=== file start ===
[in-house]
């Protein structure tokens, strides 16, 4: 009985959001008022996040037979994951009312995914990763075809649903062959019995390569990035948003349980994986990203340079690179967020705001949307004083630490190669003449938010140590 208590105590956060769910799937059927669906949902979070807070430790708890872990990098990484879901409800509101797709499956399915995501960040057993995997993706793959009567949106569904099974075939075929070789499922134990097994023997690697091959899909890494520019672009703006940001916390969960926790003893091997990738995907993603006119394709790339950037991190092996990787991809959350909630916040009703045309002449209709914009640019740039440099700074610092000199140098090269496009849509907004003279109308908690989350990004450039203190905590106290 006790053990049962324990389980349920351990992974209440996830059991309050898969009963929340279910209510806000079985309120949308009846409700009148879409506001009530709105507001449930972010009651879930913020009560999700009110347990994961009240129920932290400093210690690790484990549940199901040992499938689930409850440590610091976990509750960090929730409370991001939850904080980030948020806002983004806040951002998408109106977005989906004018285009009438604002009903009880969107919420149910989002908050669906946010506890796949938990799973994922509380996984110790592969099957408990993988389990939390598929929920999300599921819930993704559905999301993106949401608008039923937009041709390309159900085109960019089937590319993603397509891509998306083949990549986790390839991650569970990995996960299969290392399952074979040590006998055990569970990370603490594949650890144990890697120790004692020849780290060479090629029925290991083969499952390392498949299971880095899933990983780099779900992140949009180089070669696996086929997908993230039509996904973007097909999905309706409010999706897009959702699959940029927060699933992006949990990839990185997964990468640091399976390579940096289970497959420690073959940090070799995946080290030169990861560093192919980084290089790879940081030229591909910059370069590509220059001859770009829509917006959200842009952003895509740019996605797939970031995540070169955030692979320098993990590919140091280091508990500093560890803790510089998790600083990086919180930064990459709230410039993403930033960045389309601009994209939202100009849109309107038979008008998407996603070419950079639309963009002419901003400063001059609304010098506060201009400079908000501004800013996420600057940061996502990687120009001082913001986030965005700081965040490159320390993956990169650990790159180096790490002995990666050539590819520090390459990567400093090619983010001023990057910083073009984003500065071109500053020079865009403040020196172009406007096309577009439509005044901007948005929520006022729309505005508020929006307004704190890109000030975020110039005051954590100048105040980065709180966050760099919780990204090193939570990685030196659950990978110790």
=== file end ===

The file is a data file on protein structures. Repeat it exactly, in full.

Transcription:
[in-house]
């Protein structure tokens, strides 16, 4: 009985959001008022996040037979994951009312995914990763075809649903062959019995390569990035948003349980994986990203340079690179967020705001949307004083630490190669003449938010140590 208590105590956060769910799937059927669906949902979070807070430790708890872990990098990484879901409800509101797709499956399915995501960040057993995997993706793959009567949106569904099974075939075929070789499922134990097994023997690697091959899909890494520019672009703006940001916390969960926790003893091997990738995907993603006119394709790339950037991190092996990787991809959350909630916040009703045309002449209709914009640019740039440099700074610092000199140098090269496009849509907004003279109308908690989350990004450039203190905590106290 006790053990049962324990389980349920351990992974209440996830059991309050898969009963929340279910209510806000079985309120949308009846409700009148879409506001009530709105507001449930972010009651879930913020009560999700009110347990994961009240129920932290400093210690690790484990549940199901040992499938689930409850440590610091976990509750960090929730409370991001939850904080980030948020806002983004806040951002998408109106977005989906004018285009009438604002009903009880969107919420149910989002908050669906946010506890796949938990799973994922509380996984110790592969099957408990993988389990939390598929929920999300599921819930993704559905999301993106949401608008039923937009041709390309159900085109960019089937590319993603397509891509998306083949990549986790390839991650569970990995996960299969290392399952074979040590006998055990569970990370603490594949650890144990890697120790004692020849780290060479090629029925290991083969499952390392498949299971880095899933990983780099779900992140949009180089070669696996086929997908993230039509996904973007097909999905309706409010999706897009959702699959940029927060699933992006949990990839990185997964990468640091399976390579940096289970497959420690073959940090070799995946080290030169990861560093192919980084290089790879940081030229591909910059370069590509220059001859770009829509917006959200842009952003895509740019996605797939970031995540070169955030692979320098993990590919140091280091508990500093560890803790510089998790600083990086919180930064990459709230410039993403930033960045389309601009994209939202100009849109309107038979008008998407996603070419950079639309963009002419901003400063001059609304010098506060201009400079908000501004800013996420600057940061996502990687120009001082913001986030965005700081965040490159320390993956990169650990790159180096790490002995990666050539590819520090390459990567400093090619983010001023990057910083073009984003500065071109500053020079865009403040020196172009406007096309577009439509005044901007948005929520006022729309505005508020929006307004704190890109000030975020110039005051954590100048105040980065709180966050760099919780990204090193939570990685030196659950990978110790």